Really nice headphones -- I love these but they are too big - I need ear buds next year
My luggage is a Samsonite Silouette roller bag and I have an Osprey Tempest 30 backpack. The roller bag is too big to take on a Ryan Air or an Easy Jet plane so I have to check it – but we check 1 bag between the two of us, so that’s not too bad. Greg’s backpack is small enough to double as a daypack when we hike and he has a Camelback 2.5 liter bladder that fits into the backpack as well. We use that when we go hiking for any distance.
That’s it!! I still get up early to pack when I need to but when you pack less to begin with, the process is much easier. I’m always very careful to do a good sweep of the rooms where we’ve been staying to make sure I haven’t left anything. I like to be careful about doing this. So far the only thing I’ve really lost was my hat and gloves on a train. I somehow left them on the seat. I tried to get back on the train to retrieve them but everyone else was trying to find their seats. Greg was already on the platform and I was afraid the train would take off with me on it – so I got off and left my hat and gloves. Greg had an extra pair of each so I haven’t even had to buy new ones. He’s nice like that.
Like Greg, there is still room in my bag to fit a bottle of wine or two in if need be. I am very happy not to have any more every time we move from place to place and I really do have too much even though it’s just one small suitcase and a backpack. I will leave some of the clothes and unused toiletries (nail polish?) behind next year. Every time we walk from a train or a plane or a subway station to our destination with our bags, I’m very glad I’m not lugging around more stuff. I sometimes see people hauling giant suitcases around and I’m thankful not to be one of them.
I think the best idea is to begin with a small suitcase (and in our case, a backpack as well) and only pack what fits inside. It’s amazing what you can do without and if you really need something, you can probably buy it as you travel. If you can’t find what you’re looking for, it’s worth considering how Europeans are able to survive without it. That gives a whole new meaning to the level of importance we place on our “things.”
One last note on feeling pretty while on the road. I probably have an unpopular attitude toward this as my first thought on the subject is to simply lower your standards. I have gotten a haircut several times while traveling but you never quite know how things will turn out when you walk into a salon – especially when you can’t speak the language (as happened in Italy). I’ve had great luck with haircuts, actually – but I’m waiting until I get back to Ohio to get new color/highlights – or maybe I’ll just try to embrace the grey…I haven’t decided. We’re on a budget so I haven’t wanted to spend money on my hair or my nails or add anything pretty to my suitcase. That said, hopefully my new experiences, fresh perspectives and increased knowledge and understandings add to my appearance in a way that I can’t get from hair color. Or maybe I should just keep wearing a hat – you tell me!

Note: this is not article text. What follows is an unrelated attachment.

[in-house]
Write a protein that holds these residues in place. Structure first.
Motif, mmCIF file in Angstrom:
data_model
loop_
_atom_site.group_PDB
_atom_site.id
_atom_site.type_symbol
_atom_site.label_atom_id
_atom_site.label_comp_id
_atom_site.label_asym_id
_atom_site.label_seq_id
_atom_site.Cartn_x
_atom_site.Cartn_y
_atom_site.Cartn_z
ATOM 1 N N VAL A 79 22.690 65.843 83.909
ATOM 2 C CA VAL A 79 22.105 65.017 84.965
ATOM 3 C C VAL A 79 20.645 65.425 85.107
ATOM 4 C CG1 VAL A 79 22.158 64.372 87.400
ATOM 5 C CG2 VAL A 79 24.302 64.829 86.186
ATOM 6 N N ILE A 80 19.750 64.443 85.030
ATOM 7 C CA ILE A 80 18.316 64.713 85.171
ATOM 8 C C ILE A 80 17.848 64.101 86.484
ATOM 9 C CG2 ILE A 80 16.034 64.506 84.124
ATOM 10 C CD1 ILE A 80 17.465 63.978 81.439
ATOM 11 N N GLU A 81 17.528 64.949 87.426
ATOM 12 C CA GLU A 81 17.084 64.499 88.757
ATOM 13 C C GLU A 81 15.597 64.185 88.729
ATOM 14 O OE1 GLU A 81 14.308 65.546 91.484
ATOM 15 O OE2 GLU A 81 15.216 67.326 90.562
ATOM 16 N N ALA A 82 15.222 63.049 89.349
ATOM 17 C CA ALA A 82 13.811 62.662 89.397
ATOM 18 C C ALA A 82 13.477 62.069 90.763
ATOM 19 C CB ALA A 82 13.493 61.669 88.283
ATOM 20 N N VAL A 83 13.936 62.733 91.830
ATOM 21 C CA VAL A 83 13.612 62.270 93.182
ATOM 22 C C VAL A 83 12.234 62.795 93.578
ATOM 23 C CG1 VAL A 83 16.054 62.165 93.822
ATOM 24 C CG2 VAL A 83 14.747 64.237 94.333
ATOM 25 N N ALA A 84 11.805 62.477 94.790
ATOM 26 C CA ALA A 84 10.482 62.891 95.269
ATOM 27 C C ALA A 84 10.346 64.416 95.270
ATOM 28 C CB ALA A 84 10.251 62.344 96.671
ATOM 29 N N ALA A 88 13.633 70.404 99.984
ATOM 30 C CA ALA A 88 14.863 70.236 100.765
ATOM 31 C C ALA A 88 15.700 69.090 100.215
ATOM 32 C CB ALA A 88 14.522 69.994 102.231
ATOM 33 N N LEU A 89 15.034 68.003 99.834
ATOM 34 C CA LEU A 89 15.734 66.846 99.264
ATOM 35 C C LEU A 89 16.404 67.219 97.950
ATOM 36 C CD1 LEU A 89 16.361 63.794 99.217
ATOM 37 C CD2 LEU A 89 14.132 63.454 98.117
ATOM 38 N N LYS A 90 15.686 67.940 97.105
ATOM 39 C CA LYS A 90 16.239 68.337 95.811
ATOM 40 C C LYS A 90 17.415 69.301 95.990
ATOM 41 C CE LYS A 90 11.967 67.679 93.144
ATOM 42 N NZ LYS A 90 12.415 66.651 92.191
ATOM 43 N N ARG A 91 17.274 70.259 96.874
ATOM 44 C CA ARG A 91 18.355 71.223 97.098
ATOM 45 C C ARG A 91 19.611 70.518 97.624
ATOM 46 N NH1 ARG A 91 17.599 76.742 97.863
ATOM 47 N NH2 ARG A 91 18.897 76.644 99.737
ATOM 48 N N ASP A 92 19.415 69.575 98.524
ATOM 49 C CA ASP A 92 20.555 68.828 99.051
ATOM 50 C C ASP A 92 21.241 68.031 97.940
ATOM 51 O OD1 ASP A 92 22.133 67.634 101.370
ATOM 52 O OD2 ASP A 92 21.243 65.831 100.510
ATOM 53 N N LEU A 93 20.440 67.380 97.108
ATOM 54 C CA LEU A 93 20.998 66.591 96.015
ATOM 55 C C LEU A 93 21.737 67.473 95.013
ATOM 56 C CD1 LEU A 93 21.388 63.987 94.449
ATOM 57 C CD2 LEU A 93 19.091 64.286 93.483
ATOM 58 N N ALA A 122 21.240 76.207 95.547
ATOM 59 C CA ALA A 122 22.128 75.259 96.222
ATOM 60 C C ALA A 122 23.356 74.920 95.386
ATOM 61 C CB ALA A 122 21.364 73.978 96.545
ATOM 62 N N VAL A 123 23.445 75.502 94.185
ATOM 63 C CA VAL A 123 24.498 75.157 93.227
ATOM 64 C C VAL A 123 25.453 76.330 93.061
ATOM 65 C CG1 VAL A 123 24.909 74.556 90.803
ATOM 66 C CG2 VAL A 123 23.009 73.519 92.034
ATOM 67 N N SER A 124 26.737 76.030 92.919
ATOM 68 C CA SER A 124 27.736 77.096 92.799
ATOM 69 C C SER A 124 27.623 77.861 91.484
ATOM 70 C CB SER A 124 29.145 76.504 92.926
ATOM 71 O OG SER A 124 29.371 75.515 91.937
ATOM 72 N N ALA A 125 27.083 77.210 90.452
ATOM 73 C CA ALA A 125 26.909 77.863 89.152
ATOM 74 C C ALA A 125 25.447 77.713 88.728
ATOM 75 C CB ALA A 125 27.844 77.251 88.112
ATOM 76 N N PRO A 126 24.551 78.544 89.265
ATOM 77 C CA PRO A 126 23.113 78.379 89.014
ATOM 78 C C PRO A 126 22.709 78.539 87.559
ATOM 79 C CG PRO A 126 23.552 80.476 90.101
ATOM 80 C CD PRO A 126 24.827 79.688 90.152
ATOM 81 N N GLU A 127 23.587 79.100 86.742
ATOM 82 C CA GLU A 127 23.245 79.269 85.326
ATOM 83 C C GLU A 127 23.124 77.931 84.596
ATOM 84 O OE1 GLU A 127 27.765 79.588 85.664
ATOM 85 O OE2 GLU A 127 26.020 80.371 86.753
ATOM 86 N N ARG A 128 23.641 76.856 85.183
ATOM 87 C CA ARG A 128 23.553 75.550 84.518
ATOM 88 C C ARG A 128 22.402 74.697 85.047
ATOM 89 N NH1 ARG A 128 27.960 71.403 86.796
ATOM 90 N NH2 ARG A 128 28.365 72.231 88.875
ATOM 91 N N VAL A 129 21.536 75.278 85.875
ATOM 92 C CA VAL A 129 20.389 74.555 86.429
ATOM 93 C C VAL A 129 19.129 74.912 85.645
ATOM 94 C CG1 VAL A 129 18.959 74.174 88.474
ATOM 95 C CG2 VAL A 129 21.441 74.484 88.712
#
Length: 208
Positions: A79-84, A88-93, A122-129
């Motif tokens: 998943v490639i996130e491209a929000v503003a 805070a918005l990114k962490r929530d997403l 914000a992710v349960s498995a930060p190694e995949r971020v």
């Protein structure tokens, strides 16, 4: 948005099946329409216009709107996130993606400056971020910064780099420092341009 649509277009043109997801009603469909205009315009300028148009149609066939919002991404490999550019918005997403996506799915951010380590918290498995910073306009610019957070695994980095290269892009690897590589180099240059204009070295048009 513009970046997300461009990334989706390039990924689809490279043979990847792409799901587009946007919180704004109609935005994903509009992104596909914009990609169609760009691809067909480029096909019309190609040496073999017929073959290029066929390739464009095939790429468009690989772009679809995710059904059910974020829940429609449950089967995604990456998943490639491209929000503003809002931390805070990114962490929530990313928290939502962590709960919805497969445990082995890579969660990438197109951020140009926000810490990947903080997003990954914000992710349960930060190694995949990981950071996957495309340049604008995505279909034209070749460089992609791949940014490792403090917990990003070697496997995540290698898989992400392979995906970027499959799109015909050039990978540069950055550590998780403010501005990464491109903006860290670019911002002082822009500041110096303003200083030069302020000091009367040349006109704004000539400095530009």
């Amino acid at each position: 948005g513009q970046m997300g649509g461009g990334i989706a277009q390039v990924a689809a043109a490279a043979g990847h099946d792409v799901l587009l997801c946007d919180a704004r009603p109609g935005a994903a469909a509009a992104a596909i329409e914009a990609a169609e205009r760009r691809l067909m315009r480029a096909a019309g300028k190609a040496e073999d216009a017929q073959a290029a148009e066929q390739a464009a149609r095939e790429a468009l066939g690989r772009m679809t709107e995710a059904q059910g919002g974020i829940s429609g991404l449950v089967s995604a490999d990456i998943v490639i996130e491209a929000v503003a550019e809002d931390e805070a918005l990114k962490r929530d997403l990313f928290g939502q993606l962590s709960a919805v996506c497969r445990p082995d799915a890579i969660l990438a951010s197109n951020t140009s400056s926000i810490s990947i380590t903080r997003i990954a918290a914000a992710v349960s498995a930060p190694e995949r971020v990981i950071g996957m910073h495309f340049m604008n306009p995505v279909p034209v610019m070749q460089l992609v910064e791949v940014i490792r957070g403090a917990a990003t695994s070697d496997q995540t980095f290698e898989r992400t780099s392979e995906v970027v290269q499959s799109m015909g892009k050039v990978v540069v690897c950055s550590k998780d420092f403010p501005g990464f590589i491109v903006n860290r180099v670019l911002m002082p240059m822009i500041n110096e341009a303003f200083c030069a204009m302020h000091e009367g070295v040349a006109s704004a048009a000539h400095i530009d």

In March we got to take care of a beautiful golden Labrador and her sweet mother on the grounds of Highclere Castle. You may know Highclere Castle as Downton Abbey. Several years ago when I was caught up in this great PBS drama series, I never in a million years thought that I would get to see it – let alone walk on the grounds surrounding it for a month and meet some of the caretakers of this important, historical and beautiful building and its grounds. It was an extraordinary experience! We even got to meet and enjoy the company of Lord and Lady Carnarvon. We were so struck with how lovely and down to earth they are. They have been entrusted with the stewardship of their family estate and they are doing a remarkable job in extraordinary times.
I encourage you to look up Lady Carnarvon’s blog and check out her beautiful books. She writes with heart about her home – and it really is a home that they share with the world so that it is ensured of a future. In today’s modern world, an estate like this has to be run as a business in order to survive. To do that while recognizing that it is a family home and those who are employed there are part of the family is difficult, yet rewarding.